10 Frugal Reasons to Compost

By Ashley Marcin on 10 May 2016 0 comments

You've probably heard about composting, or maybe you've even considered giving it a try. This waste-reducing activity is about way more than being kind to the environment and getting some awesome plant food for your garden. Composting can also save you a good amount of cash. So, here are 10 reasons why frugal people should start composting today!

1. It Saves You Trash Tags

Think about how many banana peels, egg shells, and other organic garbage scraps you've tossed into your bin over the last week. All that waste takes up space. Duke University's Center for Sustainability & Commerce shares that the average American produces over four pounds of waste per day. If you have to pay for a service or buy trash tags to haul it away, reducing your garbage load is sure to save you money.

2. It Gives You Free Garden Food

If you maintain a garden, you know that it isn't always cheap. The Bargain Babe explains that compost is one of the nicest gifts you can give your plants. Making your own can spare you from buying compost at your garden center each year. She typically buys two cubic yard bags per season, equaling an investment of $16.98 per year. That may not sound like a lot, but over five years, that amounts to nearly $85 in bags of fertile dirt. And the savings grows the bigger your garden gets!

3. It Improves Your Soil

Why is compost so great for the garden? It's considered a soil conditioner. What this means is that adding compost to your soil improves its texture. It's better able to hold onto nutrients, moisture, and air — all things that plants need to stay robust and healthy. As a result, you'll need to water less (cha-ching!), and your plants will likely yield a better crop. Growing your own food can definitely cut dollars from your weekly grocery bill.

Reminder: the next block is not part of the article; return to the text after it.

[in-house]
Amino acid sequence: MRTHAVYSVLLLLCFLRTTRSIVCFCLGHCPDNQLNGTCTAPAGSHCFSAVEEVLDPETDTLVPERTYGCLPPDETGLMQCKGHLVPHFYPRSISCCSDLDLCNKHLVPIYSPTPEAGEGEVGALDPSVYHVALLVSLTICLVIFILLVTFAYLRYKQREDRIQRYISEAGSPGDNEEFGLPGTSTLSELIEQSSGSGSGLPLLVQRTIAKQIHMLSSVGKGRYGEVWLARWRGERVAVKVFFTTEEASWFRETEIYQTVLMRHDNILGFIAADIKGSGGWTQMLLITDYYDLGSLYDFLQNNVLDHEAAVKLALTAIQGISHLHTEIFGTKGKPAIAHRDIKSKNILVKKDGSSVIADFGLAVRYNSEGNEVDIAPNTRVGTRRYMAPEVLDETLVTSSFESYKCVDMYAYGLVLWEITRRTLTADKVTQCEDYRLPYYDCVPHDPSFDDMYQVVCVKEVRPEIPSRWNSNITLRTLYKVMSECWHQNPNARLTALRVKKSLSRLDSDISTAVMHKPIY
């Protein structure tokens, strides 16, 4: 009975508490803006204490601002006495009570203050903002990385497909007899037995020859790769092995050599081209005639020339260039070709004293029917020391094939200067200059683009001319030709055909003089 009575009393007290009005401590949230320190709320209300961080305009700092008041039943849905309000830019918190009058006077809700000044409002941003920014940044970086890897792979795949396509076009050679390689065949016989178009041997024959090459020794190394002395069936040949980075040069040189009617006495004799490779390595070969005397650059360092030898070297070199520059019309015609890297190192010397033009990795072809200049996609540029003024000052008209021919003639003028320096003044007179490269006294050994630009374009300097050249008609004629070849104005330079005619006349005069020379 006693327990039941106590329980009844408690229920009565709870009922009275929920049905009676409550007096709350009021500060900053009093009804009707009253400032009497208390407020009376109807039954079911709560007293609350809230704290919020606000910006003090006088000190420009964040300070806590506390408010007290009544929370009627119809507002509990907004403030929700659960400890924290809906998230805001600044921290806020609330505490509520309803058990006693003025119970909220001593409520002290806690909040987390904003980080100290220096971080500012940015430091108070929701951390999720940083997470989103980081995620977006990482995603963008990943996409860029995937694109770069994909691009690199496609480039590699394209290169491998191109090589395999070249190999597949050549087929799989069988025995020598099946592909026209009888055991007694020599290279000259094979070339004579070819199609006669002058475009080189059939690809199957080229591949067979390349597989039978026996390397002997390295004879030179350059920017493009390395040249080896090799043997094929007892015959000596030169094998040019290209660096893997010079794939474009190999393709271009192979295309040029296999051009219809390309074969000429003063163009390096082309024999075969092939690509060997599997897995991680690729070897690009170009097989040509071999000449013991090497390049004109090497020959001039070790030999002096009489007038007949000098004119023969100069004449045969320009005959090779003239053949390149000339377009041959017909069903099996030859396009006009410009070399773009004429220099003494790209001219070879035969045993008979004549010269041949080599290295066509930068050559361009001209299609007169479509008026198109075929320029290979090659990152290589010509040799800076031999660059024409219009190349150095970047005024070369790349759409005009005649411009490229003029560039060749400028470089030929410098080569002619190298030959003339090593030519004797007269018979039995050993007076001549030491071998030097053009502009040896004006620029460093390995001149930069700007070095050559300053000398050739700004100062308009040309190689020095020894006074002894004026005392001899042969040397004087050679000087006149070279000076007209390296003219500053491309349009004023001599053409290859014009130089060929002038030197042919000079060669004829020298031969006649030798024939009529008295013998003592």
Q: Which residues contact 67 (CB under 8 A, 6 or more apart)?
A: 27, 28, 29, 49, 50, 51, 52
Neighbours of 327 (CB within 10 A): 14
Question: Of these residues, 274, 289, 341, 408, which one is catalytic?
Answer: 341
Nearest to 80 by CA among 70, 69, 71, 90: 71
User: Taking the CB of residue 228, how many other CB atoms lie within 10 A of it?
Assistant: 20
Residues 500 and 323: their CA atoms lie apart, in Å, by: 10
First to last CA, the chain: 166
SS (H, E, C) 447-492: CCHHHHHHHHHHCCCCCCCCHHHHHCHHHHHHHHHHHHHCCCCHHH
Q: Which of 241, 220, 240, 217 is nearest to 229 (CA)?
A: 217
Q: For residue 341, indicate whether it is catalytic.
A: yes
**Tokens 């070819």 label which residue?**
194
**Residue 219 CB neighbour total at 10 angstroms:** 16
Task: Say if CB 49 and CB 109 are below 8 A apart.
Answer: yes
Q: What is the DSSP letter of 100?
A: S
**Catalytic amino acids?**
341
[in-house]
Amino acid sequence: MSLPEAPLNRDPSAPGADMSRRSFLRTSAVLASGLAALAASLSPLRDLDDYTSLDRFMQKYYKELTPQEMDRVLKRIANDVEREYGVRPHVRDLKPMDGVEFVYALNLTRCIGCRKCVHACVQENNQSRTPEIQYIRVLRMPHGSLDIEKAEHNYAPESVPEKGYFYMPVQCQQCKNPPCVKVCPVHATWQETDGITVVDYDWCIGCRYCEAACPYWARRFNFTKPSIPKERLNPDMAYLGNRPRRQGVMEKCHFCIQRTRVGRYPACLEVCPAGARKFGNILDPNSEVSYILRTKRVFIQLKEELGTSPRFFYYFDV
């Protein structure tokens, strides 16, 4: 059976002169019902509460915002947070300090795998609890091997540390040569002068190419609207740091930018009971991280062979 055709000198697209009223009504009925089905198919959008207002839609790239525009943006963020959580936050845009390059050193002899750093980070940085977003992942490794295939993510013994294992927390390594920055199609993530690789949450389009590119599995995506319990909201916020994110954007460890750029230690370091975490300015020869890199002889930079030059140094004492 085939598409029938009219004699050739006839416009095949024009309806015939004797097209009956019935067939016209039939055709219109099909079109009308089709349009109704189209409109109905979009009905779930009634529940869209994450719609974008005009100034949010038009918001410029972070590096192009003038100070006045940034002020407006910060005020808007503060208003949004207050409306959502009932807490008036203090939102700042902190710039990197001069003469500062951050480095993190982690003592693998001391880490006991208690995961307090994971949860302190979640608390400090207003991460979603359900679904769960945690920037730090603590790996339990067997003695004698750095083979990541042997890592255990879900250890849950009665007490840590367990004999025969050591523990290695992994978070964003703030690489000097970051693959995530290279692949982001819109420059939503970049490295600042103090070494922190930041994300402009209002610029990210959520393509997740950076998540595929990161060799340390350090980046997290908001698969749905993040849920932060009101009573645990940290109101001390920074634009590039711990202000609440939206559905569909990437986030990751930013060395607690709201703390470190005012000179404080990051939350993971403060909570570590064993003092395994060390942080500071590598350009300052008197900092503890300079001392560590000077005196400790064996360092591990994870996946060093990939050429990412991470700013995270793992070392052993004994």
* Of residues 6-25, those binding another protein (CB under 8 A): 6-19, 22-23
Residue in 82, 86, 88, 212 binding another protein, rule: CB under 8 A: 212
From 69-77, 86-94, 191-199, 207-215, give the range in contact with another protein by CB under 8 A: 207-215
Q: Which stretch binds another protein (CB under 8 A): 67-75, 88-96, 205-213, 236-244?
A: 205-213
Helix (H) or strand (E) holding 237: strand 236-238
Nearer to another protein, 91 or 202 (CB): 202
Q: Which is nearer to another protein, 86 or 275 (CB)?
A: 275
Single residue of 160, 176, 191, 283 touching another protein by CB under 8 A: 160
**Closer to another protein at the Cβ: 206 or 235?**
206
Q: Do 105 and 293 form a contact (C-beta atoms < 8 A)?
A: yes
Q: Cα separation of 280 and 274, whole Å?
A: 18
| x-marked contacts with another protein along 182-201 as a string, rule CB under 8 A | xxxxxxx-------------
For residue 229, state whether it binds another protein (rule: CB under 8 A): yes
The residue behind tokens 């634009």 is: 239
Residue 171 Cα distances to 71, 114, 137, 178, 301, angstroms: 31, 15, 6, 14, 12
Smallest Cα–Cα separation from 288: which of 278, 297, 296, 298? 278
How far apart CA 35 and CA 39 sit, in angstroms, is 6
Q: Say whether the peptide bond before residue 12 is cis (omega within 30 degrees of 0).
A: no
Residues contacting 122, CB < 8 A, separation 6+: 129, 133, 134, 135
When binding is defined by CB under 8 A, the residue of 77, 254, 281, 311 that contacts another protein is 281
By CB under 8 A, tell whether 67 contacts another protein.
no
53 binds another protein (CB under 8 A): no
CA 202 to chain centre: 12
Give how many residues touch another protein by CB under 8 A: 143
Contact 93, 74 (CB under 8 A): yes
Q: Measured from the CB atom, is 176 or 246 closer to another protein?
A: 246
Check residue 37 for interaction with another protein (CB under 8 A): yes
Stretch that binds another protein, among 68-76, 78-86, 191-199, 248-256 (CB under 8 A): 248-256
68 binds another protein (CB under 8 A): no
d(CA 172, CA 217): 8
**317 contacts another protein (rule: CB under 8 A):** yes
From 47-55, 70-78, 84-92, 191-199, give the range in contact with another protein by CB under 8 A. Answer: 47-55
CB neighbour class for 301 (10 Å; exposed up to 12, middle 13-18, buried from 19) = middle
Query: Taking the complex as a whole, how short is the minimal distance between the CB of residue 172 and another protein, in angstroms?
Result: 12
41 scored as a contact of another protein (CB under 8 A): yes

4. It Controls Pests

Another merit of adding compost to your garden is that it provides you with virtually free bug control — without chemicals. Soil treated with compost "tends to produce plants with fewer pest problems," explains the University of Illinois Cooperative Extension. It can also help prevent diseases that regular old dirt cannot ward off on its own. Leaf compost, in particular, may even keep nematodes at bay.

5. It Eliminates the Need for Lawn Services

You can spread this "black gold" on your grass and skip this year's lawn spraying service. You'll get an added health boost by keeping chemical fertilizers and herbicides away from your home, loved ones, and pets. You only need to apply compost to your yard once or twice a year to see the benefits. Simply spread a modest one-half inch layer onto grass (not too deep) using a wheelbarrow and shovel, or a garden spreader. This method even treats those pesky brown spots with ease.

6. It Provides Low-Cost Entertainment

Spending time outdoors and engaging with nature is cheap and fun activity the whole family can enjoy. If you don't know where to start, try square foot gardening. A raised bed is a beginner-friendly holder for your plants. Figure out what you want to grow, pick up some seeds or annuals at your local garden center, draw out your garden plan, and go from there.